The agitations for separate Statehood for Telangana in the Telangana region as well as for Samaikhya (United) Andhra Pradesh in the Andhra region are in full swing now. The agitation in Telangana is unprecedented in its sweep, being universal or, at any rate, far more widespread than in 1969, involving, among others, students, farmers, women and even children. The movement is virtually taken over and led by the students, all of whom were obviously born at least a decade after the agitation of 1969. It appears as if history is repeating itself or time is standing still for over four decades so far as this issue is concerned!

Curiously, in the case of the Andhra region, history appears to have been overturned. The ‘Jai Andhra’ or separate Andhra agitation of 1972-73 was triggered-off by the land reform legislation and the validation of Mulki Rules (preference for natives of Telangana in employment) by the Supreme Court, because of which the big landed sections as well as educated youth could lose in the integrated State. Over the last four decades, however, certain leading business sections, including those involved in real estate business from the Andhra region, developed a big stake in Telangana, particularly in and around Hyderabad city. Thanks to the lop-sided urbanisation and concentration of financial sector services and IT industry in Hyderabad in the post-reform period, the educated youth—most of whom were born after the ‘Jai Andhra’ agitation like their Telangana counterparts—could understandably have developed an emotional identification with the capital city and so a stake in Samaikhya (United) Andhra Pradesh.

Guided by the consensus among the major political parties in favour of the formation of separate Telangana State, as espoused in their election manifestos and reiterated by them as recently as on December 7, 2009, the Central Government on December 9 announced its decision to initiate the process for the formation of the Telangana State. Within hours, this decision triggered off a counter-agitation in the Andhra region for a united Andhra Pradesh, leaders of the major political parties taking sides by getting divided horizontally on regional lines. It is not clear whether these leaders did not mean what they promised earlier on Telangana in the expectation that no worthwhile initiative would come from the Centre or could not anticipate the adverse public reaction in the Andhra region in the event of any favourable move on the issue. In any case, this has placed the Centre in a difficult situation leading to the stalemate in the resolution of the crisis.

As it is, the Constitution fully empowers the Centre to carve out new States, the role of the State legislatures being limited to merely expressing their views on the proposed Bill by the Centre. While politics cannot be wished away in a democracy and the Centre cannot normally be expected to proceed against the wishes of the majority of legislators of a State, ultimately, politics in a democracy have to come to terms with the provisions of the Constitution and respect the universal demand of the people of a region for separate Statehood. Also, in the long-run, the youth of any region in the modern age, imbued as it would be with the democratic spirit, would come to respect the people’s wishes from the other region for separate Statehood. Besides, a pride in the capacity to develop oppor-tunities in one’s own State is bound to come into play. Addressing the legitimate concerns of the stakeholders is essential to facilitate this process.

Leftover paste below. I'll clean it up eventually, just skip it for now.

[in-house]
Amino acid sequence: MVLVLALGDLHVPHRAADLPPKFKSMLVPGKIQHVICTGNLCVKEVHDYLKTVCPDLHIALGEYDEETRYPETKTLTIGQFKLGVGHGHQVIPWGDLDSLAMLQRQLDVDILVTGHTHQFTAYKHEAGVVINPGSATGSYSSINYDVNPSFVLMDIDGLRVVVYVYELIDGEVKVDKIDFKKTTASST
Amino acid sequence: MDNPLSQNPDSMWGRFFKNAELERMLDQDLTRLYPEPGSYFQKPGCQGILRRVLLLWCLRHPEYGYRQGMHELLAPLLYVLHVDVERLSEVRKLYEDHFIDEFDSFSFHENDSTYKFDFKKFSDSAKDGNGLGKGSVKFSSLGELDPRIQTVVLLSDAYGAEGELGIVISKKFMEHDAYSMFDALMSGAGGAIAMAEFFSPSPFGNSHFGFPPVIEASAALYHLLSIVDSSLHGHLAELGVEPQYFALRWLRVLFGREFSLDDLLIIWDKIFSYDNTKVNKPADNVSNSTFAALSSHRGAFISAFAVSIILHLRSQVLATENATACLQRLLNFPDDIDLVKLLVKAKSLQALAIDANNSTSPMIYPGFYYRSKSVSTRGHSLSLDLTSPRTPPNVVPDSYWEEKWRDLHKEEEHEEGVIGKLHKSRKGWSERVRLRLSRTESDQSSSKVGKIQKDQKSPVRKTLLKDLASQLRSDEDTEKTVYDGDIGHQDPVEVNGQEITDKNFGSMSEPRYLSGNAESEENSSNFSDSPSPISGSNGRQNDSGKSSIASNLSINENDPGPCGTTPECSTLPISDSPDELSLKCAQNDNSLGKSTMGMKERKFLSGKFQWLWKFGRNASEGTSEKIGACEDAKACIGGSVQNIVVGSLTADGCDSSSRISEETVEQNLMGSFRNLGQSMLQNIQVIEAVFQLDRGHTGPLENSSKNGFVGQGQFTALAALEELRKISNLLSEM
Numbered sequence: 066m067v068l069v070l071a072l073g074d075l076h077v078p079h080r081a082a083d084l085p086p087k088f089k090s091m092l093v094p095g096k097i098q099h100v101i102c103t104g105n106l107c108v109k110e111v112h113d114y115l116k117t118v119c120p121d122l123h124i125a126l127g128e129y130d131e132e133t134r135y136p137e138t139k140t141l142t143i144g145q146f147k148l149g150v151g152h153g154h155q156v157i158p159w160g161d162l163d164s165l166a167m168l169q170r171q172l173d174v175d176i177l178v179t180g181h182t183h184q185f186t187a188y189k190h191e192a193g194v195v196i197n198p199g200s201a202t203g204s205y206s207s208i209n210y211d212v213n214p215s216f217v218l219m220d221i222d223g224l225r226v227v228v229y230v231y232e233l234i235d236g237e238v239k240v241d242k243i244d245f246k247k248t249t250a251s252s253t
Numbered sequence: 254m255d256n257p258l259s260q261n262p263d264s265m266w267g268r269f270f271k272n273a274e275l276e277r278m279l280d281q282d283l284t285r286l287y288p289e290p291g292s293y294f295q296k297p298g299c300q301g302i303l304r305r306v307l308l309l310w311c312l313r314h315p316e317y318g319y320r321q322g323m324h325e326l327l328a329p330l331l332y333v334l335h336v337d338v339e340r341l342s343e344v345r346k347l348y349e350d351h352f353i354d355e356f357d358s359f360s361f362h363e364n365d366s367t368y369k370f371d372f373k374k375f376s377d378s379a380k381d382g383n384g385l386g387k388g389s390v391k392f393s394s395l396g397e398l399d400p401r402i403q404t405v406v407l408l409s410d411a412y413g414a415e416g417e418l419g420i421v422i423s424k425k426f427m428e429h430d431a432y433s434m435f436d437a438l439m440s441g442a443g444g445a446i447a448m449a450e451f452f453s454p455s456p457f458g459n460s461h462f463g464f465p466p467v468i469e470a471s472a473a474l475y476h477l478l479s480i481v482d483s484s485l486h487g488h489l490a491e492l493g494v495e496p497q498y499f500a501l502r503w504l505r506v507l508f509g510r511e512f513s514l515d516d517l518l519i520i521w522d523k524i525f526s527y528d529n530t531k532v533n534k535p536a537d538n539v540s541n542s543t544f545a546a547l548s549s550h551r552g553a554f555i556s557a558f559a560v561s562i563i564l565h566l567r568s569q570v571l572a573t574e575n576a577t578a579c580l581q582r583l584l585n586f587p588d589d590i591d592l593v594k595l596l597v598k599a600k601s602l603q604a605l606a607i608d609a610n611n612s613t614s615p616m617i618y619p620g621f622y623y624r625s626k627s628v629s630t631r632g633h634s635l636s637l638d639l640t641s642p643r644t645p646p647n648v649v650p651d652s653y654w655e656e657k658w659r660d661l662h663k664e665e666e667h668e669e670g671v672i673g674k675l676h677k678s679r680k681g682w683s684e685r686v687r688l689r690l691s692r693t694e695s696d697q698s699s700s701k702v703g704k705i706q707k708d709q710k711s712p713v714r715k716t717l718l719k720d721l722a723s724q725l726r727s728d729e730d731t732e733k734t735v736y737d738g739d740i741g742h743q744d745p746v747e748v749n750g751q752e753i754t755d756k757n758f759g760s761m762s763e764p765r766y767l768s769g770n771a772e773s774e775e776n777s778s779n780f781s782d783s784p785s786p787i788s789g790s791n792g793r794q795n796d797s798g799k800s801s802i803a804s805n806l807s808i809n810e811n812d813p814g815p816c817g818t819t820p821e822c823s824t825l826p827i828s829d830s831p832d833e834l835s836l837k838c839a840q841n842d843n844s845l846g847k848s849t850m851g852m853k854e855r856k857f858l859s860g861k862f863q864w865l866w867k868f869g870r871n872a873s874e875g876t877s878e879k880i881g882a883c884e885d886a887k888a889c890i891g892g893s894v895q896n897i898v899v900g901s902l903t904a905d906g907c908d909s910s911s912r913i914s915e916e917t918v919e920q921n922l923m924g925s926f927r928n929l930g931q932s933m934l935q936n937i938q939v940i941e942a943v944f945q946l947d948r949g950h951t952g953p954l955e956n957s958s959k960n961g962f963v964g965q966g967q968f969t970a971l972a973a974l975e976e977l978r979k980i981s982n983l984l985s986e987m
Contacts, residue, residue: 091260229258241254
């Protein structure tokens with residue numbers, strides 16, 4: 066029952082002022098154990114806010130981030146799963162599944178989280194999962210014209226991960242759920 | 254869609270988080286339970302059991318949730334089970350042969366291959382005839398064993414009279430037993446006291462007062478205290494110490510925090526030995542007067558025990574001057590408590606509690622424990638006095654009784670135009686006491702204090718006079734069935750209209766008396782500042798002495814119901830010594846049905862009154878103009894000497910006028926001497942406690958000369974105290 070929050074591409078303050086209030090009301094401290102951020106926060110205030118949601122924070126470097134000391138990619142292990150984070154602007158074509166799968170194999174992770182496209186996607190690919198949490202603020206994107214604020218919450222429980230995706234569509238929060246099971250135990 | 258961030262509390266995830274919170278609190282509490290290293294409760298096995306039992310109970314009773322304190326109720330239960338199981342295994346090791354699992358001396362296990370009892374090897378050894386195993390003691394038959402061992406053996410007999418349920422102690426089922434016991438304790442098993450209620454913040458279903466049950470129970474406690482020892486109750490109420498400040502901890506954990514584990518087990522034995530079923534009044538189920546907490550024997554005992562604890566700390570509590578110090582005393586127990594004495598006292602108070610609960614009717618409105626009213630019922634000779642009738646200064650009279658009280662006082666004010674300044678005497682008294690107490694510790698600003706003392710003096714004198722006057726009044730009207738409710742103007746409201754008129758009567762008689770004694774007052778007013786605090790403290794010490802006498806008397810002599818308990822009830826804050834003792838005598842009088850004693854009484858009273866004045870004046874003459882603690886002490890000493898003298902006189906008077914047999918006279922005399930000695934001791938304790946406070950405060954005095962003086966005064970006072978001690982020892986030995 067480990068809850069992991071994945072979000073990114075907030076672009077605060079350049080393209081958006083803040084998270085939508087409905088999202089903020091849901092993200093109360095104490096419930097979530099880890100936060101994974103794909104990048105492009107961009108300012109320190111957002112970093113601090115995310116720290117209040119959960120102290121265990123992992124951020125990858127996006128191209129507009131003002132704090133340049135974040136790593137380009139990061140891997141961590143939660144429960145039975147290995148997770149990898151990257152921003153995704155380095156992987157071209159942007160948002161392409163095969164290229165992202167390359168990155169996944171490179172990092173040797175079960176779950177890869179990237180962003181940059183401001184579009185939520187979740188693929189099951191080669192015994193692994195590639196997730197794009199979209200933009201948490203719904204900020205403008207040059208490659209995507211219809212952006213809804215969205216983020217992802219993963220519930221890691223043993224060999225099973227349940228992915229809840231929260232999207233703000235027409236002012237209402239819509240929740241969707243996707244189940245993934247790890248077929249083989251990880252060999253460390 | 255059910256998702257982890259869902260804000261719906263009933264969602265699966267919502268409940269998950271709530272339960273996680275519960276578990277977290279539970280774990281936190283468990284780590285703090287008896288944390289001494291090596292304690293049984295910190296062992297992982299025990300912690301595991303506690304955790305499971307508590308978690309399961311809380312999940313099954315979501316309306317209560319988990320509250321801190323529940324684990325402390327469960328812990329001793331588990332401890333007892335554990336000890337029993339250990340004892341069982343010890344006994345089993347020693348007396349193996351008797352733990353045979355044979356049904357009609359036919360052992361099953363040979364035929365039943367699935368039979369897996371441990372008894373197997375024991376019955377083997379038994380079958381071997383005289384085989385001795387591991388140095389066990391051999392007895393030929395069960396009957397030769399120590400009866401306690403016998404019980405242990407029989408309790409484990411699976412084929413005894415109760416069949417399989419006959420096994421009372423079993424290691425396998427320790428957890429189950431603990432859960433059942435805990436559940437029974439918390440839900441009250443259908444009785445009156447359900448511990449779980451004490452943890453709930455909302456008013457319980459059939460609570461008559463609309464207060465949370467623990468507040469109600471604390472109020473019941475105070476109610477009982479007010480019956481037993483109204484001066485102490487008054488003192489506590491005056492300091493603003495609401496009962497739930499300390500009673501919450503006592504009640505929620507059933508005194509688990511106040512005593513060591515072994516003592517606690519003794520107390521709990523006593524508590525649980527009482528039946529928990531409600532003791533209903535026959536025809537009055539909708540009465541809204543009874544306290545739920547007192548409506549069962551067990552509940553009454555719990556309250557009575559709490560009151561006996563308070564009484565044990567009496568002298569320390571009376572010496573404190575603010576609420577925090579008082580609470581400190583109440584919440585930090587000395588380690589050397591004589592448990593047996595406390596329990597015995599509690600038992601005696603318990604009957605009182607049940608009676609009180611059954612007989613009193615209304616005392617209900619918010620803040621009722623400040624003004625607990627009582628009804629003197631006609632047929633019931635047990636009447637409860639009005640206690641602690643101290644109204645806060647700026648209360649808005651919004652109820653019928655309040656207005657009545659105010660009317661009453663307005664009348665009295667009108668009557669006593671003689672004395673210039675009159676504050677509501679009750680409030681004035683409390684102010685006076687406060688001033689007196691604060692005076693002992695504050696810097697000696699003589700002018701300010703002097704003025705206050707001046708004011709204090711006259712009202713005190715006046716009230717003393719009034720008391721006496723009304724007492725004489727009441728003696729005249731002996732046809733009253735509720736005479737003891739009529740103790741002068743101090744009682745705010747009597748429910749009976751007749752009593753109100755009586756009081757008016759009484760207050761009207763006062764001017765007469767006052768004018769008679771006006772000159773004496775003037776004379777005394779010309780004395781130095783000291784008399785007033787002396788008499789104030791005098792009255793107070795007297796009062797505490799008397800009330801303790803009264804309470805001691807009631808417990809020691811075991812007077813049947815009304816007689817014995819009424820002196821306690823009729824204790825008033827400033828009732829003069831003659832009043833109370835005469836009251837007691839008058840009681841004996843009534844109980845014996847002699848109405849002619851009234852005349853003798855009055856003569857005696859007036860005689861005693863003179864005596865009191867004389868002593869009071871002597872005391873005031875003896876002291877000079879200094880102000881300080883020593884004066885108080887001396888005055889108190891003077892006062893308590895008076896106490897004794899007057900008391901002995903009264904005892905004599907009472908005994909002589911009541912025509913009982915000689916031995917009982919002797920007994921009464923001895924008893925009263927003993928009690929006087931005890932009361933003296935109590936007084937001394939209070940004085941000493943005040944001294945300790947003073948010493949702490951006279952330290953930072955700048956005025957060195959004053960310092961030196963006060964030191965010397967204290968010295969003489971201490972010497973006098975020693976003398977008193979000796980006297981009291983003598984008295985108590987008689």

There is no alternative to the Centre as well as the leaders of both the regions taking initiatives for a constructive dialogue for resolving the outstanding issues by addressing the legitimate concerns of the stakeholders, to pave the way for separate Statehood for Telangana and thus end the perpetual uncer-tainty undermining the harmonious develop-ment of both the regions. While agitations are necessary for the assertion of legitimate rights, in a democracy, constructive dialogue is indis-pensable for bringing such aspirations to fruition.


Aiyar, Swaminathan S. Anklesaria (2010), “Fast Growth Trickles Up from the States”, Economic Times, January 6.

Ambedkar, Dr Babasaheb (1979), Writings and Speeches, Vol. I (Part II—On Linguistic States), Education Department, Government of Maharashtra.

Planning Commission (2008), Eleventh Five Year Plan (2007-2012), Vol. I, Government of India, New Delhi.

Rao, C.H.H. (2009), “Regional Disparities, Smaller States and Statehood for Telangana”, Mainstream, Vol. XLVII, No. 12, March 7.

Rao, C.H.H. (2010), “Statehood for Telangana”, Economic Times, January 9.

Rao, C.H.H. (2010), Regional Disparities, Smaller States and Statehood for Telangana, Academic Foundation, New Delhi.

World Bank (2007), Jharkhand: Addressing the Challenges of Inclusive Development, Rural Poverty and Economic Management, India Country Management Unit, South Asia.

The author, a distinguished economist, is currently an Honorary Professor, Centre for Economic and Social Studies, Hyderabad. He can be contacted at